REDMOND, Wash., July 11, 2001 — Washington State Gov. Gary Locke today signed into law House Bill 2230, which will enable low- and moderate-income people with disabilities in the state of Washington to work without fear of losing their Medicaid benefits. Microsoft hosted the official signing at its corporate campus in Redmond.
Lockes office chose to conduct the signing at Microsoft corporate headquarters to honor the software company’s long-standing commitment to hiring people with disabilities and its dedication to making its software products broadly accessible.
Medicaid is a state and federally funded health-care program that serves about 700,000 low-income, aged and disabled residents of Washington State.
The legislation will implement the federal “Ticket to Work” program that allows people with disabilities to earn up to 450 percent of the federal poverty level and still retain Medicaid health coverage. Sponsored by state Rep. Eileen Cody of Seattle, the legislation enables people with disabilities to retain more money while purchasing Medicaid coverage for an amount based on a sliding income scale. The program will be administered by the Washington Department of Social and Health Services and will be available early next year.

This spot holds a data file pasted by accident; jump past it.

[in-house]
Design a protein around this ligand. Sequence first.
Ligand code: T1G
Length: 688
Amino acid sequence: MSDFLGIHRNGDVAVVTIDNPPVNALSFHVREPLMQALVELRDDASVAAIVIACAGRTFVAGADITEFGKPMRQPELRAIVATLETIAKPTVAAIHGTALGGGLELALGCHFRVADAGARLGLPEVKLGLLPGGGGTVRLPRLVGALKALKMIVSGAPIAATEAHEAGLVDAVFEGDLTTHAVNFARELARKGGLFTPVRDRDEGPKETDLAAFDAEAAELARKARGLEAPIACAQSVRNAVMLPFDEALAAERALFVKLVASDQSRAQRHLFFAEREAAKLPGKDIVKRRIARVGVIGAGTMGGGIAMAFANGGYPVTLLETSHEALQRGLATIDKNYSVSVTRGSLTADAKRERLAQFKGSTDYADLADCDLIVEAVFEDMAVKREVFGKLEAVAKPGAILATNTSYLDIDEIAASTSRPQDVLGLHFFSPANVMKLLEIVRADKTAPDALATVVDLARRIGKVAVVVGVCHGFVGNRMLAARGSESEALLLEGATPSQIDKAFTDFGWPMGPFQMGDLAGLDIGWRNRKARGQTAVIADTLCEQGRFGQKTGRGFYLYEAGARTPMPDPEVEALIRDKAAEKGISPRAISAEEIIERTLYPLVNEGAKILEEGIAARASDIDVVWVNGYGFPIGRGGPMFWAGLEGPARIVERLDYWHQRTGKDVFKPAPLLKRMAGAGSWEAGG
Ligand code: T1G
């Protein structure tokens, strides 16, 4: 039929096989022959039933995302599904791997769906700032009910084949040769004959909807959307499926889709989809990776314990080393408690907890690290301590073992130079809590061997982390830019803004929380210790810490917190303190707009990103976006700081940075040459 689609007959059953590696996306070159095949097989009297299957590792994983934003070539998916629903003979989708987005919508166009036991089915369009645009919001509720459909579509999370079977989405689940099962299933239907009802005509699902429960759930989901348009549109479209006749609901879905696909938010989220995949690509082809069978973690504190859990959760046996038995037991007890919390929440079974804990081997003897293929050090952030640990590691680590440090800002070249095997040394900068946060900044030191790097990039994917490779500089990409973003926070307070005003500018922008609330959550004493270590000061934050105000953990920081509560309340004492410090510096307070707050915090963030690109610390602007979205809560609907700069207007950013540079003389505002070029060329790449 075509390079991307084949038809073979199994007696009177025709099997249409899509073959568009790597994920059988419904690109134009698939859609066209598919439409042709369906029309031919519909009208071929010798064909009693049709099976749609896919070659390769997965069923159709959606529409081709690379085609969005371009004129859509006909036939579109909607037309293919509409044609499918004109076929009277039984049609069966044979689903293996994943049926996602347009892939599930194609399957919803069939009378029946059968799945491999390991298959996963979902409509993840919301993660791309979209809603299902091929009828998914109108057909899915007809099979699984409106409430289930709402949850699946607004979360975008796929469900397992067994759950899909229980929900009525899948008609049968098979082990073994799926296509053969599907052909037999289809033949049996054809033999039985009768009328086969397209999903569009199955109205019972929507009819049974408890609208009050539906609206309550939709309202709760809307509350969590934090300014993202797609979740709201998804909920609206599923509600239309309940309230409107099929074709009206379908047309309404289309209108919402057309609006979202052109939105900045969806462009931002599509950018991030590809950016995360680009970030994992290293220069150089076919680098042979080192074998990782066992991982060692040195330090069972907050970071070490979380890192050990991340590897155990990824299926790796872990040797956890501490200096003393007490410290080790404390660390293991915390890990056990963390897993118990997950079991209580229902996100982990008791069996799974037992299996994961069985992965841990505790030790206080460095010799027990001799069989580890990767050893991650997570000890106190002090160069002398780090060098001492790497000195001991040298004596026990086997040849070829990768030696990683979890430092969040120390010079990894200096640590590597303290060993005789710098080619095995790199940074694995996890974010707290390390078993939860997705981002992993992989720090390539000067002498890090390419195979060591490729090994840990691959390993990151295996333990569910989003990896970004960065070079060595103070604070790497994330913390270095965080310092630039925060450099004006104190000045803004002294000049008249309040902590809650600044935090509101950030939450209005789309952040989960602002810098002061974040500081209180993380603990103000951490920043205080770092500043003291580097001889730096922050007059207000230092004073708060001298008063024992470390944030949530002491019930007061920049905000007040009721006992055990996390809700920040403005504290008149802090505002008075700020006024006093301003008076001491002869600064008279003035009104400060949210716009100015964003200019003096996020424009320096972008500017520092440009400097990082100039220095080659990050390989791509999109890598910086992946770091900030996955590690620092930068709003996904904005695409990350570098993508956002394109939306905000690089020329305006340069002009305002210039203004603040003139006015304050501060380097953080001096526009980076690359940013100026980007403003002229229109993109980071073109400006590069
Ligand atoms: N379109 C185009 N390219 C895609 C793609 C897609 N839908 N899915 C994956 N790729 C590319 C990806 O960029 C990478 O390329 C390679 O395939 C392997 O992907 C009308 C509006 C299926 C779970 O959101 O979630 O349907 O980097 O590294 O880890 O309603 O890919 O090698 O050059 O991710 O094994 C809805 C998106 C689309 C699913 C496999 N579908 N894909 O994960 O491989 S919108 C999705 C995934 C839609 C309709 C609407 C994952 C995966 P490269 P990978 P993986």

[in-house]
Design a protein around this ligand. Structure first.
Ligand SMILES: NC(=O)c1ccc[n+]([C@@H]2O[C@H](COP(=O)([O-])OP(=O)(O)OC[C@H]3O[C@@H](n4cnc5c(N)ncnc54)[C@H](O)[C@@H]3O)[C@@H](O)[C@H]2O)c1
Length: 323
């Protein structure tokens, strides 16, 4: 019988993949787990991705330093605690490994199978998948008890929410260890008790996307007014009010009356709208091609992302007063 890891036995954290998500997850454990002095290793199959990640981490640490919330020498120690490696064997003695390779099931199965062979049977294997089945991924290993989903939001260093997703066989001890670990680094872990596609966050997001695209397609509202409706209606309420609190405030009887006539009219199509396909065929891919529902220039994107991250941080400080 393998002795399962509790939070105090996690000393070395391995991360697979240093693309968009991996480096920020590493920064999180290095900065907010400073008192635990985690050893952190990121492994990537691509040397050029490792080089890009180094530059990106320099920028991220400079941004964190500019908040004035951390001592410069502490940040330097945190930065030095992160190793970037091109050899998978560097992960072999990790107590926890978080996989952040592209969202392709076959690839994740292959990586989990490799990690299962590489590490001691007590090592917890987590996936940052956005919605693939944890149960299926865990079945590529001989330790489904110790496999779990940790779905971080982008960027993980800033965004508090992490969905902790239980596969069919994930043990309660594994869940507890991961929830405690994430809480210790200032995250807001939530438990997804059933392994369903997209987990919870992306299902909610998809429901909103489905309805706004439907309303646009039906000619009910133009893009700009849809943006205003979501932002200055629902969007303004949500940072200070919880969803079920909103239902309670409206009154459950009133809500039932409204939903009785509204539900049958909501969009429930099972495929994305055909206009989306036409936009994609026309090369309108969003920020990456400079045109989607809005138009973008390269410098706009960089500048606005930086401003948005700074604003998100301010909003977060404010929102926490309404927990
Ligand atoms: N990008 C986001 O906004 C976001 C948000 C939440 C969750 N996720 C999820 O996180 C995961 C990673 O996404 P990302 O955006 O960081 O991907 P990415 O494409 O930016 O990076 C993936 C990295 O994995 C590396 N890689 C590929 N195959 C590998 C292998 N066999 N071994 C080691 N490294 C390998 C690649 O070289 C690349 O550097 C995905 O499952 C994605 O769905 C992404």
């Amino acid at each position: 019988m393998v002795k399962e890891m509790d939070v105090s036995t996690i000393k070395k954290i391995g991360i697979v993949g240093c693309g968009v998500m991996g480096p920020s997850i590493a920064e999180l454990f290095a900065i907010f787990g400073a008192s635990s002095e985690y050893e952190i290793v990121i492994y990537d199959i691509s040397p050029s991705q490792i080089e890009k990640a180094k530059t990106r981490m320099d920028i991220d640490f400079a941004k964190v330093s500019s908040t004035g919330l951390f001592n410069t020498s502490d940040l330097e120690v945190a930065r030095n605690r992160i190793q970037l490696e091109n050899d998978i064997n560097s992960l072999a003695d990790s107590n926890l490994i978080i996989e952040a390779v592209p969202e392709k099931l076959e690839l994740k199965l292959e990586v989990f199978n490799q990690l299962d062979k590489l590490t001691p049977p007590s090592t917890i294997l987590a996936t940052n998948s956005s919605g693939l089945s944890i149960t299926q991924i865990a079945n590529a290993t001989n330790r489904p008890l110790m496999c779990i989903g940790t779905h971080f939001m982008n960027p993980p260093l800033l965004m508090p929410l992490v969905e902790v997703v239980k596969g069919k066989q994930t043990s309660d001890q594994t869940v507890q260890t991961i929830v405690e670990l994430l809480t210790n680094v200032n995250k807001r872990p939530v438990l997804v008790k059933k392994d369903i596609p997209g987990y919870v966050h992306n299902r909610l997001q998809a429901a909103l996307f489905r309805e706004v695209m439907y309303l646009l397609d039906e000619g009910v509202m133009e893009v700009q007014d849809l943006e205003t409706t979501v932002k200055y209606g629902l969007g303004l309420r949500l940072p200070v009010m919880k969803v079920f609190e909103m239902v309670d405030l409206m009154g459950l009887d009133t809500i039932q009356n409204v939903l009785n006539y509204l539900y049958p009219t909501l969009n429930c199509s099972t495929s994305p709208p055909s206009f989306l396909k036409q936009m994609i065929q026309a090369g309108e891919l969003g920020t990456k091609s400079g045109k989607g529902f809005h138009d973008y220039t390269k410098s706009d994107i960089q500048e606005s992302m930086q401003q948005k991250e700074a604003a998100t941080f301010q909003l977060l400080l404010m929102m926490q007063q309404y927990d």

“I’m gratified we’ve finally taken the handcuffs off disabled people who want the dignity of working and paying taxes without losing their Medicaid coverage,” Rep. Cody says. “The unemployment rate among the disabled hovers at 70 percent, not because most disabled folks can’t work, but because the system has been set up to punish them if they do.”
Gov. Locke lauded Microsofts commitment, saying, “Innovative corporations such as Microsoft recognize the value and importance of Americans with disabilities. Just as lawmakers sweep clear some of the bureaucratic obstacles, I hope that the business community steps up to emulate the Microsoft model of equal and fair employment. It’s the right thing to do, and it enriches and ennobles the lives of all Americans.”